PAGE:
Monday, May 5, 2008

Book Report: Winter Tides by James P. Blaylock

Winter Tides is a weird ghost story in which the ghost (a psychotic little girl at the time of death) is not the primary villain. The ghost serves more as a plot catalyst and a common ground for the living characters in the story. It brings them together and sets various events in motion.

The strength of this book is the world and the characters. They are detailed and completely believable. Enough detail is given that I truly inhabited the Southern California of the book. I found the characters to be flawed and occasionally contradictory: very realistic. Even the true villain of the piece, a perverse megalomaniac with artistic pretensions, is believable. We see the world from his perspective through much of the story, and his actions (arson, home invasion and murder) make perfect sense within that frame of reference. It is interesting that the scariest thing about this ghost story is a man who appears normal and even charming.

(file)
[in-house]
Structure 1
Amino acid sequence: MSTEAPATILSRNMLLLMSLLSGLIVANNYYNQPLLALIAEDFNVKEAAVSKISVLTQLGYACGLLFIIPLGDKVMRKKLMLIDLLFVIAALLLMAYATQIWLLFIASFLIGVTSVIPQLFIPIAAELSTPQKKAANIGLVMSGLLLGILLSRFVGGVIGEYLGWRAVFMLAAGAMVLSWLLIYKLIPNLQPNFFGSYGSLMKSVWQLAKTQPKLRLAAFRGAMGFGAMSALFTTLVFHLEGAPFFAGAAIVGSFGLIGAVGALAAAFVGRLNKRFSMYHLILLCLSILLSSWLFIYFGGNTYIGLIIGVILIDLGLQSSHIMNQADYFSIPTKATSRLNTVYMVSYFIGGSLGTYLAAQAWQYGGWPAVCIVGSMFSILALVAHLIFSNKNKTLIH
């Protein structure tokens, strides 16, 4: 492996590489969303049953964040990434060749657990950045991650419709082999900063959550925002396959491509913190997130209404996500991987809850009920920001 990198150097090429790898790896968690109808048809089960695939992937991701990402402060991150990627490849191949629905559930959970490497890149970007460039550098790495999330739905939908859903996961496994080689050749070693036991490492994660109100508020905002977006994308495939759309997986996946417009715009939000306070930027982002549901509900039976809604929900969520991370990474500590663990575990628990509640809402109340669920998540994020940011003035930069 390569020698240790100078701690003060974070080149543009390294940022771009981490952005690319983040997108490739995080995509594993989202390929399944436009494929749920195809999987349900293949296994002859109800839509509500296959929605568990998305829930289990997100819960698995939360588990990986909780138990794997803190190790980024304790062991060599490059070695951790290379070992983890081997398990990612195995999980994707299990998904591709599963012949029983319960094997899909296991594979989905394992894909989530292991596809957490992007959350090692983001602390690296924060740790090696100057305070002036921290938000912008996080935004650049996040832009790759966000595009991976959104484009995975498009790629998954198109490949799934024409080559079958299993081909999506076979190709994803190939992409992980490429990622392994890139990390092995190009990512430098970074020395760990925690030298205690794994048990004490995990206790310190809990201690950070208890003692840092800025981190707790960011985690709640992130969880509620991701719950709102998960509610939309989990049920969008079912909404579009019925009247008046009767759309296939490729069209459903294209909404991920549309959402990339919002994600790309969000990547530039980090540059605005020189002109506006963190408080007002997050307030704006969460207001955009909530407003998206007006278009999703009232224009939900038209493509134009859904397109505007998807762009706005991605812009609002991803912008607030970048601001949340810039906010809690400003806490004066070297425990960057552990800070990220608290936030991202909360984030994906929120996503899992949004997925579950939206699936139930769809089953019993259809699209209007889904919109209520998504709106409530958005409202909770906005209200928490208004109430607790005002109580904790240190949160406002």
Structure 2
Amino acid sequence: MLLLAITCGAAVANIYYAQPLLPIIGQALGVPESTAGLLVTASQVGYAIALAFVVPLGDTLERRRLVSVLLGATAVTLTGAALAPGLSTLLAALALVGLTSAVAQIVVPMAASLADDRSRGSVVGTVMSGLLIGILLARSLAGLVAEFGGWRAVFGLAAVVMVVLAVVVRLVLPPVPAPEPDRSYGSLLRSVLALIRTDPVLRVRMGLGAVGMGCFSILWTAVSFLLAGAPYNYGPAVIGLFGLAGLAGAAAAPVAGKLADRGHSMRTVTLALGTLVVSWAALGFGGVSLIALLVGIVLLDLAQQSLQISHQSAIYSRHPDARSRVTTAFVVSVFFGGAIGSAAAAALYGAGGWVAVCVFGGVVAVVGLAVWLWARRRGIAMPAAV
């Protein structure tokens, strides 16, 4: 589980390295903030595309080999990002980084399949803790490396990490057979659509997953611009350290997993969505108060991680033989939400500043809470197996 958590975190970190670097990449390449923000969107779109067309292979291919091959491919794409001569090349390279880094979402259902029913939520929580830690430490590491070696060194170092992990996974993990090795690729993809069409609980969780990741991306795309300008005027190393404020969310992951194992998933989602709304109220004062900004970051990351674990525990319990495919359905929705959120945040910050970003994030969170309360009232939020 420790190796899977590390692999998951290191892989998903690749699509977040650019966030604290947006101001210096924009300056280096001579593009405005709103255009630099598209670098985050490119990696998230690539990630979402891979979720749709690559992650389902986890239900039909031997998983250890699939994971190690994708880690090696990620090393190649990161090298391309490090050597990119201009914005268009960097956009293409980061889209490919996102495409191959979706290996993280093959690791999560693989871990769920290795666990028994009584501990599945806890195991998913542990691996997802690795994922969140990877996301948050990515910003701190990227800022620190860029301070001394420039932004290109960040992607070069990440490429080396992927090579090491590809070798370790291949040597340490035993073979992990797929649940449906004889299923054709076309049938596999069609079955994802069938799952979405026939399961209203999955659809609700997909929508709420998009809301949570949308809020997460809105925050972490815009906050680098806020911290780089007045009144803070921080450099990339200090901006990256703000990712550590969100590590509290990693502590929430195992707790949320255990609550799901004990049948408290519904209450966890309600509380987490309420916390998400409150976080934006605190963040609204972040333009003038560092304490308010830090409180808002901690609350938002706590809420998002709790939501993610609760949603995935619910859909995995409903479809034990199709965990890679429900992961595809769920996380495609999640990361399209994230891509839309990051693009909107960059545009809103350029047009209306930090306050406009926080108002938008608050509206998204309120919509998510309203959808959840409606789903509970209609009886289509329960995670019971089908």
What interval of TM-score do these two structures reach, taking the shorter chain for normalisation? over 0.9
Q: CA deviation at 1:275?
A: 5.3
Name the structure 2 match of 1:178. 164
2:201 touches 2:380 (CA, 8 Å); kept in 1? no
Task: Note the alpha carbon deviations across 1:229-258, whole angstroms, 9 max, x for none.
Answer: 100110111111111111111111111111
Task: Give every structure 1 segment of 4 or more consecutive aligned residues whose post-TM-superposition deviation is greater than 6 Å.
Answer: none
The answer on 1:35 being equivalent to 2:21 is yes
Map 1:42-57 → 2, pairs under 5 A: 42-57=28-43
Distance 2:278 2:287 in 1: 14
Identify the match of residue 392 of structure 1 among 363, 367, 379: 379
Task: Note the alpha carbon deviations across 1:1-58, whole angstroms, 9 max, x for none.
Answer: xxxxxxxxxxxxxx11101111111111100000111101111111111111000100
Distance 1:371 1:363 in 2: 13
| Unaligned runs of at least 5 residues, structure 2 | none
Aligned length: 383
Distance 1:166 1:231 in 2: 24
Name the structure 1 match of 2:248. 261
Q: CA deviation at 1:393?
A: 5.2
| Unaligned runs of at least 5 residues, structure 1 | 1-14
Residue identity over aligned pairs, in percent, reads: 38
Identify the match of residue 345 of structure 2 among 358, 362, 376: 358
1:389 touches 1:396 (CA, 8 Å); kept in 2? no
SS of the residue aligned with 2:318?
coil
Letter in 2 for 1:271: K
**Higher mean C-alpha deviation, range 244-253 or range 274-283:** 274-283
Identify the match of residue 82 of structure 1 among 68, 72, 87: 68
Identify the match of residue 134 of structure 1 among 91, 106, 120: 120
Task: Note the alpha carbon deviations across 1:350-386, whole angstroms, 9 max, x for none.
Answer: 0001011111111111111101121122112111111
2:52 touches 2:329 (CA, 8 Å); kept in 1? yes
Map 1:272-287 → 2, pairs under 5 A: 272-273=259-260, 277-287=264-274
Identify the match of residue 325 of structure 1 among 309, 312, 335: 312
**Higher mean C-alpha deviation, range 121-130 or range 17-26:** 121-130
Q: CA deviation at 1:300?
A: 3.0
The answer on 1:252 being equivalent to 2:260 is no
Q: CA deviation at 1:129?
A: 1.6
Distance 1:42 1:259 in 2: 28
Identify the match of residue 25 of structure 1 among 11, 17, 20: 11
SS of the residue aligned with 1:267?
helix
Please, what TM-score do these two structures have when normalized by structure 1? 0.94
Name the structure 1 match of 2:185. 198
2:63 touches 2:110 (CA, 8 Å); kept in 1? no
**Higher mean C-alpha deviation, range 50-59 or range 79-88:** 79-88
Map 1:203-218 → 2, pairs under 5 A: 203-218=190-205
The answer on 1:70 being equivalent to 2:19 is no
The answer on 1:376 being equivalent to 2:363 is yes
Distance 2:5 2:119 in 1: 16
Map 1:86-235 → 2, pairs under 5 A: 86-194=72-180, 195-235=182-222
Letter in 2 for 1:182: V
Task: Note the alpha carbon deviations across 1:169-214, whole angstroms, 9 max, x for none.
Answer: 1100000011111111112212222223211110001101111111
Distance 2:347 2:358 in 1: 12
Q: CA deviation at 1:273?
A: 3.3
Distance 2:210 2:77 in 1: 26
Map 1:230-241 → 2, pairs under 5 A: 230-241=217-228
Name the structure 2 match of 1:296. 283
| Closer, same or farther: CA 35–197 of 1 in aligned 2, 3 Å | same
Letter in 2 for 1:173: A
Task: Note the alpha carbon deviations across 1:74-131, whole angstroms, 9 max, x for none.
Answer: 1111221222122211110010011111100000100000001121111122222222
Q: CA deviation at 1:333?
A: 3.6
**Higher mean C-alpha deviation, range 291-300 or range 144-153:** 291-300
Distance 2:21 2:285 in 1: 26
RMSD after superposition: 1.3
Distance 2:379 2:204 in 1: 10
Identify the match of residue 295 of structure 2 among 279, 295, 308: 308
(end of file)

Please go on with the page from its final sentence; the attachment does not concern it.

A weakness, I think, is the plot. It's a slow build-up, a gathering of sinister elements. I was left wondering what the villain's motivation really was in the end, since the reason for his final actions was never clear to me. I also kept waiting for something big and supernatural to happen. Instead, after the climax, the ghost vanishes and I was left without a clear idea why.

I had some difficulty reading this book. I'm not a horror fan, and sometimes the urge to put it down was stronger than the urge to pick it up. Still, it was worth the read just to see how Blaylock brought his people to life, and he got me involved enough with the characters that I had to see how it ended. My wife, a Blaylock fan, tells me that this was her least favorite of his works. She recommends I read All the Bells on Earth, or The Last Coin to catch Blaylock in top form.

I intend to take her advice.

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